It’s the daily consistency which helps to rewire the brain and promote the many positive benefits that meditation can cause.
Meditating in the morning is a great way to set the stage for your day, focus on positivity, goals and to have the motivation necessary to succeed.
Meditating at night is a great way to slough off the mental chatter and debris accumulated throughout the day. It can promote better sleep, deeper relaxation, and really take advantage of meditations ability to neutralize the external stimuli we face on a daily basis.
It’s like brushing your teeth after a meal vs before: both are good for health and have different benefits.
Founder, Advanced Flow University | Author, Meditation Secrets Revealed: Get OFF The Damn Ground!
The best time to meditate is in the morning or at night
The morning is usually very suitable because your home and neighborhood are typically still quiet between the times of 5 AM to 6 AM. Metaphysically, this time is also very suitable because the rays and vibrations of the dawn are vitalizing and spiritually uplifting for the Meditator.
At night, try to practice your Meditations around 10 PM to 12 PM – if you can. When everybody is asleep and quiet in the mornings and evenings, you are able to maximize your Meditation efforts.
After eight weeks, Meditation caused thickening of the brain areas which control Learning, Cognition, Memory regulation, and Production of Neurotransmitters. – Sara Lazar Ph.D., Neuroscientist Harvard Medical School
The #1 enemy to your physical, mental, and spiritual well-being is lack of meditation. By the Law of Neuroplasticity, regular meditation creates a mental blueprint which causes the formation of subtle electrical pathways in the brain. – Medical Expert Yogananda
Meditation experts all agree that it is far more important to consistently meditate during the times that work for you than to skip meditating based on specific times of the day which are more beneficial.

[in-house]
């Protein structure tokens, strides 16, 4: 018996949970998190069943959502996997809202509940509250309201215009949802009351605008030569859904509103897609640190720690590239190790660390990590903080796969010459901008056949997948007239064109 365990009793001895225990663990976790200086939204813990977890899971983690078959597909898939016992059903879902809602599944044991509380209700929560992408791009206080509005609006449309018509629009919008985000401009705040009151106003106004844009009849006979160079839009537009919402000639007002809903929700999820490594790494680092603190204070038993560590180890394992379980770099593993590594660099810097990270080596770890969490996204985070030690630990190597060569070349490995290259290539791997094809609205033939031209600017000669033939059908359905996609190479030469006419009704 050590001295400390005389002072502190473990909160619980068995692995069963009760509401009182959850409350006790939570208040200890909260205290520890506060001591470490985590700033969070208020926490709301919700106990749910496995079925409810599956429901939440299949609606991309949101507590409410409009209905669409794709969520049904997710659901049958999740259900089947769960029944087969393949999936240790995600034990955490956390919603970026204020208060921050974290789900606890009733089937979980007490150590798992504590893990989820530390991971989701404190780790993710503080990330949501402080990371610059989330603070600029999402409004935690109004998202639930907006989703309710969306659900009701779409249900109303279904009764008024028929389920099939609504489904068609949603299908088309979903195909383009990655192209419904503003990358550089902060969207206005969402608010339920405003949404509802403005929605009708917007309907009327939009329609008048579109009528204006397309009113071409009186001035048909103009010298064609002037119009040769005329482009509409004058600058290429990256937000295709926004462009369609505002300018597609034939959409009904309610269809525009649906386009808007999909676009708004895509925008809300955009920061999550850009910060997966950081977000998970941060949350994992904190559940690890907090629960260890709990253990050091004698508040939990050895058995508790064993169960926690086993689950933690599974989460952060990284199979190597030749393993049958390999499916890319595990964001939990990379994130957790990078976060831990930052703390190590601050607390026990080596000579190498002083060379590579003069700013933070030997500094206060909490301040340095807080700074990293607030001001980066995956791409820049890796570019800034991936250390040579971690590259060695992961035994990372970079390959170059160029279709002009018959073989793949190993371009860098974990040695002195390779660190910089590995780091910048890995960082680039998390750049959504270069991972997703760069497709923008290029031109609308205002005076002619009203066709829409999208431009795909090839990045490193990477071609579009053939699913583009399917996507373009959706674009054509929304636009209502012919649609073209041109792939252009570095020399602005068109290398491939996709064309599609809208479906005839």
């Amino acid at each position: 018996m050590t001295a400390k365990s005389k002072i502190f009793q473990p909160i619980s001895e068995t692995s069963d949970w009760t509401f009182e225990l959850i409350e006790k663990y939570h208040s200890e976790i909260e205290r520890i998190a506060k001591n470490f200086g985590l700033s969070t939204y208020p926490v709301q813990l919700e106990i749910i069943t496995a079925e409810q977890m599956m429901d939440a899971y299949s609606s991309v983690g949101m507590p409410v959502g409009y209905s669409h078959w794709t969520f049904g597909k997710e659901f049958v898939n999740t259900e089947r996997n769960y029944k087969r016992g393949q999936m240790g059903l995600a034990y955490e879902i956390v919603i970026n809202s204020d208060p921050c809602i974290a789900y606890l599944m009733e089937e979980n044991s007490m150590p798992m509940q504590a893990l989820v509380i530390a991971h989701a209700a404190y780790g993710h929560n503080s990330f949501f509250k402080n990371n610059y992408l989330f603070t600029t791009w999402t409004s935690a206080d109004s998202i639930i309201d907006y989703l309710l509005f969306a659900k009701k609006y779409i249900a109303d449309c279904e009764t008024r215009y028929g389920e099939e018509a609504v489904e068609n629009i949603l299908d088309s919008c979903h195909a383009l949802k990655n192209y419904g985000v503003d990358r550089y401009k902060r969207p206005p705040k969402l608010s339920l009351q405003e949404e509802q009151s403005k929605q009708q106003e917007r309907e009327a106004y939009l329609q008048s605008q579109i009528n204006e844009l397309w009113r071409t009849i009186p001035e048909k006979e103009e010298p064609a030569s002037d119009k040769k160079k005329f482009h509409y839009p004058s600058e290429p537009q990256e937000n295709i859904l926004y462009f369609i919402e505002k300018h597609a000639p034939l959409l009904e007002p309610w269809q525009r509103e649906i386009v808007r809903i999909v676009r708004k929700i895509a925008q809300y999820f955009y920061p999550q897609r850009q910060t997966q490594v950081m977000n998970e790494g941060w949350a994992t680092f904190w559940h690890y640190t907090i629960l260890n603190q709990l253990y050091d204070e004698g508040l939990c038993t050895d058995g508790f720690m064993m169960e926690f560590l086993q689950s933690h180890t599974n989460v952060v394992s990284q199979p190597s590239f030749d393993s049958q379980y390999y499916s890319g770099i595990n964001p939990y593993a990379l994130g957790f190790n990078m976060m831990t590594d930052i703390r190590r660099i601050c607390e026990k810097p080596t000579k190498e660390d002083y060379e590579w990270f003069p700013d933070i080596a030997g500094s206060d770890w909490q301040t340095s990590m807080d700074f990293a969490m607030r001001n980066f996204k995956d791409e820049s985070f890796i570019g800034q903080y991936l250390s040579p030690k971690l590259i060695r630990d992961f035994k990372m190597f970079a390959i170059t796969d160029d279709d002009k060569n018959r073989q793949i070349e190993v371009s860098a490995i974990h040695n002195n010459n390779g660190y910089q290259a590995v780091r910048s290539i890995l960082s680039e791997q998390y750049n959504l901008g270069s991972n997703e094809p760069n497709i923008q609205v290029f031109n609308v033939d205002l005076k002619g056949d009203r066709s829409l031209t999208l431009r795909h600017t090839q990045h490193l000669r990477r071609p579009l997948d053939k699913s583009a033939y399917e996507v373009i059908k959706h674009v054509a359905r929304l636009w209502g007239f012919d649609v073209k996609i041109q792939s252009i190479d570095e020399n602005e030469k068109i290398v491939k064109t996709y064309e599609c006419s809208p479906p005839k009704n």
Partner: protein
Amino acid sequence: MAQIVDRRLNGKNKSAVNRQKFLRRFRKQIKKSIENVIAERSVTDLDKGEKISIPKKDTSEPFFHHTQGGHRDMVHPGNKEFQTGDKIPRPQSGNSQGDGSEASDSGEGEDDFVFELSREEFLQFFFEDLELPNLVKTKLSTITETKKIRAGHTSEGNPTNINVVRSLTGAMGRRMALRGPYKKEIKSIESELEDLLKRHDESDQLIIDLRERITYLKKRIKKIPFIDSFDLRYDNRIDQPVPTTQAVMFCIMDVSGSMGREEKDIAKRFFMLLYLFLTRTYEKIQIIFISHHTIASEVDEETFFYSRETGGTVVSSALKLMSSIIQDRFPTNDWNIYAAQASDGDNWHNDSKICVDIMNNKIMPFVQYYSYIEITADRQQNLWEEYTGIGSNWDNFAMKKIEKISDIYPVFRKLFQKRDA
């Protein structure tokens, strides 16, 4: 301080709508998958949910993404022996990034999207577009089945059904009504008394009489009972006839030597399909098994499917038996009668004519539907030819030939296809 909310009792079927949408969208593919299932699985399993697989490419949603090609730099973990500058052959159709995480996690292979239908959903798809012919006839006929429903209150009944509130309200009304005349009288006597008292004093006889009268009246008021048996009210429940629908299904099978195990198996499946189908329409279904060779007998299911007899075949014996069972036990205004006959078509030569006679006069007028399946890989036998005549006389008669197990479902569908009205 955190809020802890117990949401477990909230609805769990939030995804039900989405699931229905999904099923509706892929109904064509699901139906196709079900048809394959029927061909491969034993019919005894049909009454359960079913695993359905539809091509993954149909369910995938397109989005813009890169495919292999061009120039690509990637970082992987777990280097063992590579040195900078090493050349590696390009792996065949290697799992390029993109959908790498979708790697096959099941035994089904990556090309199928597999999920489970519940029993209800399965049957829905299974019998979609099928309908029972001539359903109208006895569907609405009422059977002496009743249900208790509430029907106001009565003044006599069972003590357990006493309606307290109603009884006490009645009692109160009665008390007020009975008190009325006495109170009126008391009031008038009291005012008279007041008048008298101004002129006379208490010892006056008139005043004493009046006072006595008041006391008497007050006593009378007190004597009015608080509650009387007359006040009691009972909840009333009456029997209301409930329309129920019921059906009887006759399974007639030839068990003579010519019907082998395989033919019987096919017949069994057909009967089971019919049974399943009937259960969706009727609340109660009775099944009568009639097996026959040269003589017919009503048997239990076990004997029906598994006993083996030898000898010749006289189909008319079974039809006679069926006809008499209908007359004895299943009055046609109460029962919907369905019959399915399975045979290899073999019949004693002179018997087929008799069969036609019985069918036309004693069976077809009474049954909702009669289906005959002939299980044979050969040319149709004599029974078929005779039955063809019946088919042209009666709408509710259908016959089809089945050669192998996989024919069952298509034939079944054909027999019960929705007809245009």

Remember, being consistent will always be the best time to meditate!
CEO, Spirit & Spark™ | 5th Generation Psychic Medium | Transformation & Manifestation Expert
The best time to meditate is the time when it feels right for you
Although I would typically recommend that you meditate first thing in the morning or at dusk, it’s important that you don’t overthink it and choose a time that feels right for you.
I find that with many of my clients and students, if they think they are meditating incorrectly, they avoid it altogether or they rarely engage in meditation.
I advise that you select a consistent time for yourself each day and add it to your calendar.
Close your eyes and allow for at least 5-minutes of focused breathing. You can set a timer on your phone or use an app like Calm or Insight Timer. A few minutes each day can make a huge difference in your overall wellbeing.
Gabrielle Desmarais, NTP
Nutritional Therapy Practitioner | Founder, Forevergreen All-Natural Care & Healing, LLC
Depending on what you would like to accomplish, there are a couple of times during the day that tends to be optimal for meditation.
The best time to meditate is in the morning
Your mind is fresh, you haven’t been bogged down with decisions and other minor problems that seem to litter our daily lives. Morning time is the perfect opportunity to set the tone for your day.